In a recent tournament I offered to tend the flagstick for a fellow competitor who was off the green. He told me that it was against the rules and we made a “glass of wine” bet. I checked with our head pro after the round and he agreed with the other guy that you could only have the flagstick attended when on the green. They both claim that this was a rule that they’ve known about for years and years. When I read 17-1, I still don’t see why this is illegal.
“17-1. Flagstick Attended, Removed or Held Up
Before making a stroke from anywhere on the course, the player may have the flagstick attended, removed or held up to indicate the position of the hole.”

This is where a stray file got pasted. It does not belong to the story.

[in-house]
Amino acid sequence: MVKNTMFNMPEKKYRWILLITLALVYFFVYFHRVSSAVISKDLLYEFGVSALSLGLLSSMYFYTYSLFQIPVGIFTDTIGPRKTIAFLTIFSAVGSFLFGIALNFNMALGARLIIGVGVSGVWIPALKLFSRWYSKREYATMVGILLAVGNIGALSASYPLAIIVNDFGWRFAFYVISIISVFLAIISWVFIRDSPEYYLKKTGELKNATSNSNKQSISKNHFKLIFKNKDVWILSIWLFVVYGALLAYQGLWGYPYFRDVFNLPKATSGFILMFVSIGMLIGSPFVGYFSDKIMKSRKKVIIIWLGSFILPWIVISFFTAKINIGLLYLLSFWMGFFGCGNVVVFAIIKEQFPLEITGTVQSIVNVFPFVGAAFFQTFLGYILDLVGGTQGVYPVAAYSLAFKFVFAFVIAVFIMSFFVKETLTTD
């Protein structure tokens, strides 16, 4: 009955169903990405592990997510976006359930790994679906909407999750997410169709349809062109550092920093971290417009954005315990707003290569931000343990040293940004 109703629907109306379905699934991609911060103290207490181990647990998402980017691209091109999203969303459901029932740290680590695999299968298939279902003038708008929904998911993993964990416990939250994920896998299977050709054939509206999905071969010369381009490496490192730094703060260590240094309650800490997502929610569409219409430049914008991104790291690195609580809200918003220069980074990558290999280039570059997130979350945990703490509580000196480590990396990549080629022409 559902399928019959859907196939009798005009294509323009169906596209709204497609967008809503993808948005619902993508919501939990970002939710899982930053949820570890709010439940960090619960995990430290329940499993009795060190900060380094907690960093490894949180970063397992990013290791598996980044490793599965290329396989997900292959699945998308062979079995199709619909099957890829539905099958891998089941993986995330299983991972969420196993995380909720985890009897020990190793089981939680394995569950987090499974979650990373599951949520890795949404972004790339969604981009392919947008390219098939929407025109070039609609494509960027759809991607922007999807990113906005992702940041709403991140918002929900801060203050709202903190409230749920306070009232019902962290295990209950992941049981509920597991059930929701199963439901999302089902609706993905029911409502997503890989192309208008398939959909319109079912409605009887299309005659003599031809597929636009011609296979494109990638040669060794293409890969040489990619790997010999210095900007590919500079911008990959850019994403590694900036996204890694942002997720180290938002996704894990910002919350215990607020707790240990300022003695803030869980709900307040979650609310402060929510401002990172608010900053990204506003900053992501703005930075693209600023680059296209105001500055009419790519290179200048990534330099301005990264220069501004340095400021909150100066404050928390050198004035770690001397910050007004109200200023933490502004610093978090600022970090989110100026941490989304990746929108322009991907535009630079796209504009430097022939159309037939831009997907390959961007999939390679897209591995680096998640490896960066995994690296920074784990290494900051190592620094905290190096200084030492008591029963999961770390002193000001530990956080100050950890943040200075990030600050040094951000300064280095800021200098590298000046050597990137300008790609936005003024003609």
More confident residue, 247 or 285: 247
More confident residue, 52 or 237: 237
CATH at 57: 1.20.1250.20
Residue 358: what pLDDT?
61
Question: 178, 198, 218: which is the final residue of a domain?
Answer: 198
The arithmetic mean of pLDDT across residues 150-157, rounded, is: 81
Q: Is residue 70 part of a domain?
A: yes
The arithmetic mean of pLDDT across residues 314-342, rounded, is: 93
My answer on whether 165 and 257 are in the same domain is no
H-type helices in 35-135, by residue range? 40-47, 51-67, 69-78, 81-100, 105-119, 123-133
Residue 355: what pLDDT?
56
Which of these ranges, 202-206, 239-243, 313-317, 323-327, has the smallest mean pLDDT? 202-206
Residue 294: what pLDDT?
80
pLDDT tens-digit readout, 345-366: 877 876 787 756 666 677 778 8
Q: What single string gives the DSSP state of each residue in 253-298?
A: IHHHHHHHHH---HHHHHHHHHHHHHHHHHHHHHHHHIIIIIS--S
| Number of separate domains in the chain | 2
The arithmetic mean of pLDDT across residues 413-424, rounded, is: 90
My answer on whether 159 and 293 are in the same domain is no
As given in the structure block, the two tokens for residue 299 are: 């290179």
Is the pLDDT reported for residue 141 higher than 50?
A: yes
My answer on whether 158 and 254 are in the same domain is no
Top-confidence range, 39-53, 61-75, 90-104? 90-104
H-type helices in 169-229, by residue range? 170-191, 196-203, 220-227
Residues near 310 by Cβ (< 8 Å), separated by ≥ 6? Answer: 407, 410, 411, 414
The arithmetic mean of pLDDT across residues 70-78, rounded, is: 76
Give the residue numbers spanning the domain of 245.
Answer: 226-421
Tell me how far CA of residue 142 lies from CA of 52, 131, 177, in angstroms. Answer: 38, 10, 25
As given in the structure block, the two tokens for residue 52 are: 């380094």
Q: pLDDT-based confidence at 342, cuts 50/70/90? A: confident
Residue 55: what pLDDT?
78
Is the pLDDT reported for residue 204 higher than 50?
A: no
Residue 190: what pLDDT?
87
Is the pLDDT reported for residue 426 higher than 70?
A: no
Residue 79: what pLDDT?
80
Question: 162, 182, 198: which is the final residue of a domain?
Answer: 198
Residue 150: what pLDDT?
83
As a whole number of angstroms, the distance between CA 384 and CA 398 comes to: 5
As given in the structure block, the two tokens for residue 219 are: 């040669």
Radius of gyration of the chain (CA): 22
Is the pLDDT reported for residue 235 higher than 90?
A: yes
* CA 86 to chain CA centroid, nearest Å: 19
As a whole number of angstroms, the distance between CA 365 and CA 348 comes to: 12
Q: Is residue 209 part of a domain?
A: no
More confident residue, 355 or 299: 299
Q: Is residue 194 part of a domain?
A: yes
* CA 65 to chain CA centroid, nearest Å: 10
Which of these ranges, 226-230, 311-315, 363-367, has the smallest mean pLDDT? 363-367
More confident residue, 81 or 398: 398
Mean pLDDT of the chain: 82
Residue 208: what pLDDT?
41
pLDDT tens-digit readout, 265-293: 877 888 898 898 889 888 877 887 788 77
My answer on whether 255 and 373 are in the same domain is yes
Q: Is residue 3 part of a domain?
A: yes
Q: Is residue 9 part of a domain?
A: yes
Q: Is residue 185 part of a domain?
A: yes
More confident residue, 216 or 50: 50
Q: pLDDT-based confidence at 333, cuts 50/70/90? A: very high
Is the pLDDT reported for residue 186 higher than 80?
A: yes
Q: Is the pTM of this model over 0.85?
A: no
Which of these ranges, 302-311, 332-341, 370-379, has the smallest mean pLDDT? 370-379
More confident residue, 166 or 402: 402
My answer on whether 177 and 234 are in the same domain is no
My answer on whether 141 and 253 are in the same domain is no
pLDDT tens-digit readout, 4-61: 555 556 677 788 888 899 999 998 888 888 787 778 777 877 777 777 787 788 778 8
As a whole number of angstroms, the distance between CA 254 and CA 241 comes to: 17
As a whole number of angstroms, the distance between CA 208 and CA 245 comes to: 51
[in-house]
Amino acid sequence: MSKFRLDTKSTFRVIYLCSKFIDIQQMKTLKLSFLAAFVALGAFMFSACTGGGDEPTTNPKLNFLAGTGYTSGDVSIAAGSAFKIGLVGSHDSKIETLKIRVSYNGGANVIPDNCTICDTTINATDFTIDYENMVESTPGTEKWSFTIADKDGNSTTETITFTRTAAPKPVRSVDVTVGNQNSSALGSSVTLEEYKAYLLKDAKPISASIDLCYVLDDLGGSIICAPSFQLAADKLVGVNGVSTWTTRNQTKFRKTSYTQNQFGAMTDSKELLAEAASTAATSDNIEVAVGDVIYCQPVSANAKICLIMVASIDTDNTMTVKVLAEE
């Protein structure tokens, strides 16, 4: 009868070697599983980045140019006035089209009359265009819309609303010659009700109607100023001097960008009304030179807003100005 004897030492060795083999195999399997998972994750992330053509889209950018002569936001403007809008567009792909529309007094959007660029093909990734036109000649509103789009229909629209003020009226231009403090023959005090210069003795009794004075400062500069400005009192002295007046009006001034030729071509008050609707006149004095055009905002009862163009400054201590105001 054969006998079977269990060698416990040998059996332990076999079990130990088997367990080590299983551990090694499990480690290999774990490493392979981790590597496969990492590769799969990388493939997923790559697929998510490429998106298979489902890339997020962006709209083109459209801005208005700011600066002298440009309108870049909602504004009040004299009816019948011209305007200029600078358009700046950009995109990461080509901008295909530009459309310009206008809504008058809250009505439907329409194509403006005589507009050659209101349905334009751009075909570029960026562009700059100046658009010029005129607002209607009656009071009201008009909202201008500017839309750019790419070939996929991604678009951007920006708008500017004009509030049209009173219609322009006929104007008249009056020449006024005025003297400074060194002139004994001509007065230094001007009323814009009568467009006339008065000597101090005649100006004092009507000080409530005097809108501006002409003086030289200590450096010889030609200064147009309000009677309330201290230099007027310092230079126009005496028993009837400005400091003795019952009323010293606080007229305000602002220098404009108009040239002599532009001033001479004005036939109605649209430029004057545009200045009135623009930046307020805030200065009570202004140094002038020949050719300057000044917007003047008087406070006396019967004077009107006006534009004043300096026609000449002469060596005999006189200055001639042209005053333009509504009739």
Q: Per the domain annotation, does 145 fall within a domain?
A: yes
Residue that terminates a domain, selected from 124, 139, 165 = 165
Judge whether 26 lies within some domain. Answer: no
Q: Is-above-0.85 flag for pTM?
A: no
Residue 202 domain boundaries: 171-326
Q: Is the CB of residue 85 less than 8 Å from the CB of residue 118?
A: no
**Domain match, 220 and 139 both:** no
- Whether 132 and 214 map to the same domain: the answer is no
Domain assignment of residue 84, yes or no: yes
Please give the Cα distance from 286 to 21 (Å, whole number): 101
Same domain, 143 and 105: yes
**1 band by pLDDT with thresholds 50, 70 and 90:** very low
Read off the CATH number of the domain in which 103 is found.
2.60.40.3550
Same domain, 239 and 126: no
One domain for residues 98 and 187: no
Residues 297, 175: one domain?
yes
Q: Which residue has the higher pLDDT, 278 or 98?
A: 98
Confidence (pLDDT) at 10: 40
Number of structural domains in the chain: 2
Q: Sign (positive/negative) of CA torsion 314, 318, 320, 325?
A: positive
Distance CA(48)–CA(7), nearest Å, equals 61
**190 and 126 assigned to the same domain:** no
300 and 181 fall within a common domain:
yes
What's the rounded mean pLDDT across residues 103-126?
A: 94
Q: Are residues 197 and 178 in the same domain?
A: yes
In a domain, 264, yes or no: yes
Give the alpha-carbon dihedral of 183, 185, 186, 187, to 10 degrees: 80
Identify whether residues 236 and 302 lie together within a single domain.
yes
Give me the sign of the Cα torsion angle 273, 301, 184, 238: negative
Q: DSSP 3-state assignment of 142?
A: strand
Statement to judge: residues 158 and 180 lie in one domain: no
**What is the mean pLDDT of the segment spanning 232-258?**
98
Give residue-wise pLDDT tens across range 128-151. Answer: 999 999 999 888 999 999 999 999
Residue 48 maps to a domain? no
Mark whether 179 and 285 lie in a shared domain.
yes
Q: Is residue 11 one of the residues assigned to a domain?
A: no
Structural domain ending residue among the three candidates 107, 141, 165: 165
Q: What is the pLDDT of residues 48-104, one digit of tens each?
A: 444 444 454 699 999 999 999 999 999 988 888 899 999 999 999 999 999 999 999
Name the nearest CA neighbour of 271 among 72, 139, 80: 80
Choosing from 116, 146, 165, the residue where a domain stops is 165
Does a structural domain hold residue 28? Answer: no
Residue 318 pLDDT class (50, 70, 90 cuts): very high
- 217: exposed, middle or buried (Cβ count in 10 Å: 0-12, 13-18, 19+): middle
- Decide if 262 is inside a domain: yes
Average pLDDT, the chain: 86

Can you weigh in on this question please?
The rule is perfectly clear on this one, Lulu. Regardless of where your ball may lie, you are entitled to have the flagstick attended, removed, or held up.
There are many instances where a player may want the flagstick attended when he is putting or chipping near the green. Under the rules, he is entitled to that courtesy.
Here’s a related situation you might find interesting. There is a hole at my home course where the drop-off behind the green is so severe that a player is unable to see the position of the hole for a chip back onto the green. Not only may that player ask that the flagstick be attended for his ensuing chip, but he may ask that the player attending the flagstick hold it high up in the air so that he can see where to aim it.
It’s always disappointing to be misinformed about the rules by your own club pro. Your fellow competitor and your club professional both owe you a glass of wine and an apology!
Copyright © 2010 Linda Miller. All rights reserved.